The Lies We Tell Ourselves

I did not grow up in a culture that defined and labelled people by their skin colour, or their ethnicity, yet Britain is becoming increasingly intolerant towards those who are ‘foreign’. We who represent the body of Christ would do well to consider for ourselves the question who is my neighbour?


Very interesting post today over on Rachel Held Evans’ blog:


the man, wanting to justify himself, continued, “But who is my ‘neighbour’?”

And Jesus gave him the following reply: “A man was once on his way down from Jerusalem to Jericho. He fell into the hands of bandits who stripped off his clothes, beat him up, and left him half dead. It so happened that a priest was going down that road, and when he saw him, he passed by on the other side. A Levite also came on the scene and when he saw him, he too passed by on the other side. But then a Samaritan traveller came along to the place where the man was lying, and at the sight of him he was touched with pity. He went across to him and bandaged his wounds, pouring on oil and wine. Then he put him on his own mule, brought him to an inn and did what he could for him. Next day he took out two silver coins and gave them to the innkeeper with the words, ‘Look after him, will you? I will pay you back whatever more you spend, when I come through here on my return.’ Which of these three seems to you to have been a neighbour to the bandits’ victim?”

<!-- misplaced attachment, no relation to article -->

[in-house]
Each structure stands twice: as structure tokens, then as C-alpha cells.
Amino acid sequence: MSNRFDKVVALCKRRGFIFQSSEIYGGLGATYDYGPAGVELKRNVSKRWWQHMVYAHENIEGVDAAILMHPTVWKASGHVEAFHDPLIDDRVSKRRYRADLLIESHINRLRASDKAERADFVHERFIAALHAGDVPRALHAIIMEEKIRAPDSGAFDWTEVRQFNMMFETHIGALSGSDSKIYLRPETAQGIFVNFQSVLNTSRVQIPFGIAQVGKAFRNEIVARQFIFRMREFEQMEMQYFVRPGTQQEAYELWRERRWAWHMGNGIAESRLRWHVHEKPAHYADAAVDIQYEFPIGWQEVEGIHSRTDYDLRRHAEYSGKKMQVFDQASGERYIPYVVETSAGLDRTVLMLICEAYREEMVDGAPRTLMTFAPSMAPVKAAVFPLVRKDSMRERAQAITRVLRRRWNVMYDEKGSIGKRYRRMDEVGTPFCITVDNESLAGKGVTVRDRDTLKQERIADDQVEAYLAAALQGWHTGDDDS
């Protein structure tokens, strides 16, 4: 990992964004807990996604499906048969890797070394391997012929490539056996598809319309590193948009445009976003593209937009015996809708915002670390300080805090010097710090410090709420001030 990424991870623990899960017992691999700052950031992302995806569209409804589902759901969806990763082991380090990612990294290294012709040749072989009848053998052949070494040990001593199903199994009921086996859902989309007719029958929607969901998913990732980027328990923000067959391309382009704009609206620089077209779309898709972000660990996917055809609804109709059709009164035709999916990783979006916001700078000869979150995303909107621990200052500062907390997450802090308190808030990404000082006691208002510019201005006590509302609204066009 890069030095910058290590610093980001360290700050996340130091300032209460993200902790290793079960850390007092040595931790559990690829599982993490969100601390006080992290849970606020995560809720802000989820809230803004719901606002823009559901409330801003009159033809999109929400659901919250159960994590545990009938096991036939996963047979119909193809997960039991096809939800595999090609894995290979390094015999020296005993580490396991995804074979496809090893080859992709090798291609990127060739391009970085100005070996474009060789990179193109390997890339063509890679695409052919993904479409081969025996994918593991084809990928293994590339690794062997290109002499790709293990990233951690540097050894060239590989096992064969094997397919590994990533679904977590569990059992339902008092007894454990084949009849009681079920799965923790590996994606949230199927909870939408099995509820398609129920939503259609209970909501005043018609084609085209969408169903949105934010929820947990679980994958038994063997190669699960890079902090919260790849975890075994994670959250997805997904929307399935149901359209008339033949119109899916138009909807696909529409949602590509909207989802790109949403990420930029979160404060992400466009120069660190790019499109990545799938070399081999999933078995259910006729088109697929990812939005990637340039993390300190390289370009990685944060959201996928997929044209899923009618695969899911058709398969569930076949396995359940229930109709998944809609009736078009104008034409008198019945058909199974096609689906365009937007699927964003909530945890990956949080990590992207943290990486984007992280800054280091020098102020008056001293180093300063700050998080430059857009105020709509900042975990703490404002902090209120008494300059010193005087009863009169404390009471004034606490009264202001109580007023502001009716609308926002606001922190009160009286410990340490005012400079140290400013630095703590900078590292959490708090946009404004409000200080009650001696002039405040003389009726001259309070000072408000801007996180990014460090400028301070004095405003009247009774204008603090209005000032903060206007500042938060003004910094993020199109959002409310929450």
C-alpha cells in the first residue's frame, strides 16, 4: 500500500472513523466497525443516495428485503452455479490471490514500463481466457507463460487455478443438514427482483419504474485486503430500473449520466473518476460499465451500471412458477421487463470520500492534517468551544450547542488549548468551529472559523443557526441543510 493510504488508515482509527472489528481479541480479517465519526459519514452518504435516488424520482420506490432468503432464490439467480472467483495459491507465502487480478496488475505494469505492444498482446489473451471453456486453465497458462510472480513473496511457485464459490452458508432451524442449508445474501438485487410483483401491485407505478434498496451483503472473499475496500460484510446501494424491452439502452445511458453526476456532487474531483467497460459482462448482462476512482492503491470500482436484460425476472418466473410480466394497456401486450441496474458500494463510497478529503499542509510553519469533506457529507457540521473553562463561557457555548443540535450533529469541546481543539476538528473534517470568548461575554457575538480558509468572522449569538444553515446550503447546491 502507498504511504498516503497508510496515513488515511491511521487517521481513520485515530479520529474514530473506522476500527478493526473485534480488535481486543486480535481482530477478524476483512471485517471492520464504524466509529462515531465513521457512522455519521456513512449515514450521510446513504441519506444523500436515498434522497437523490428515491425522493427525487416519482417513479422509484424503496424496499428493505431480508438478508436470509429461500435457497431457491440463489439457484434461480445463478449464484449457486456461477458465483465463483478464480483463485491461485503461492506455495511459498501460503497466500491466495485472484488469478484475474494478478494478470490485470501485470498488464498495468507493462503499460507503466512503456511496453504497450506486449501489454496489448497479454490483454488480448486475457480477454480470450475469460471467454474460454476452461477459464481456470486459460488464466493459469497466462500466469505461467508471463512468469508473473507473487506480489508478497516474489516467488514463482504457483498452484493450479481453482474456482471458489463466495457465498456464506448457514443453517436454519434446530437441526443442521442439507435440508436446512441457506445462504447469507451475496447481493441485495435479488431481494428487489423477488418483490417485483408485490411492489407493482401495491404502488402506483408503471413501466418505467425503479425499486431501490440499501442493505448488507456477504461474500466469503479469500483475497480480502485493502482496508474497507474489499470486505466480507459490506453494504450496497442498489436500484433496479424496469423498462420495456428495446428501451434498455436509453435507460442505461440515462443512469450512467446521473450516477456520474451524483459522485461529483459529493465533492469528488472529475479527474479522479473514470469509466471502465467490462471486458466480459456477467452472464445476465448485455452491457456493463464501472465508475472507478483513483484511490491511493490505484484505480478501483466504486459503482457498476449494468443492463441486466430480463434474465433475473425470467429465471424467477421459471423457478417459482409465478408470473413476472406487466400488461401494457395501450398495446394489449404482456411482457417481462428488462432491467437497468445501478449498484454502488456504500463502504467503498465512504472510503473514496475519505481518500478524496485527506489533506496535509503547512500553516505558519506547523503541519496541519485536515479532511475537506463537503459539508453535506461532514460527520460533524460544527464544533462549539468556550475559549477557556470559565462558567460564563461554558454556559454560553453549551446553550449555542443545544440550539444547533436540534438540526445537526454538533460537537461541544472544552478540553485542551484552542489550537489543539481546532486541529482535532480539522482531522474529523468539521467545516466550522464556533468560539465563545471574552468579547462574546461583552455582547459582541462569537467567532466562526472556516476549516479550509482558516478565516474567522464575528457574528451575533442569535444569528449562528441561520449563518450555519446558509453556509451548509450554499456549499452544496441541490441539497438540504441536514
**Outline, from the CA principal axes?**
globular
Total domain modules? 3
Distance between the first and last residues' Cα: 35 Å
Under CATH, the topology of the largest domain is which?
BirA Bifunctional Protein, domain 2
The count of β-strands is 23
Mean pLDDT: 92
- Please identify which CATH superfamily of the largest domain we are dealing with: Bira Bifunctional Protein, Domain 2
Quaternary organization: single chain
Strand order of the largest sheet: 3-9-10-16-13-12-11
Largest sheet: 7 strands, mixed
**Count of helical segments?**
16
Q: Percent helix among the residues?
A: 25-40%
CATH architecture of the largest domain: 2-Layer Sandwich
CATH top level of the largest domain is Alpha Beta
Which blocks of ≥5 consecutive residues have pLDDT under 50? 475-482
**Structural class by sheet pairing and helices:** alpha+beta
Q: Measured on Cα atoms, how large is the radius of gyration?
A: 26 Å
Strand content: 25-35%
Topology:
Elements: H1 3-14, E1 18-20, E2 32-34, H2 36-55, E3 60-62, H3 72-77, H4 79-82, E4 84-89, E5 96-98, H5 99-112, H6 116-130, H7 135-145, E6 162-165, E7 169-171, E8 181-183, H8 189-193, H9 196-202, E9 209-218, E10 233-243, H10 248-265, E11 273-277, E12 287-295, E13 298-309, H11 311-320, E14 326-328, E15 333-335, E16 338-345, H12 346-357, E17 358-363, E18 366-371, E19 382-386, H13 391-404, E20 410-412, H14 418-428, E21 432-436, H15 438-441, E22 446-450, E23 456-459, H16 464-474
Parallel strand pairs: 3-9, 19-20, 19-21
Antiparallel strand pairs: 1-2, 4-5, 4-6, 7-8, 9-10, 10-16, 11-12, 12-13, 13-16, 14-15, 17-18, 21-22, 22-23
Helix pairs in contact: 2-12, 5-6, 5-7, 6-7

“The man who gave him practical sympathy,” he replied. “Then you go and do the same,” returned Jesus.

Luke 10:29-37 (JB Phillips)

As you read this probably very familiar bible passage, and after you have read the guest post over on Rachel Held Evans’ blog, consider this: in the parable of the Good Samaritan, is it the Jew who took pity on the Samaritan, or the other way round? In other words, did the ‘privileged’ show compassion for the ‘oppressed’, or did the ‘oppressed’ show compassion for the ‘privileged’?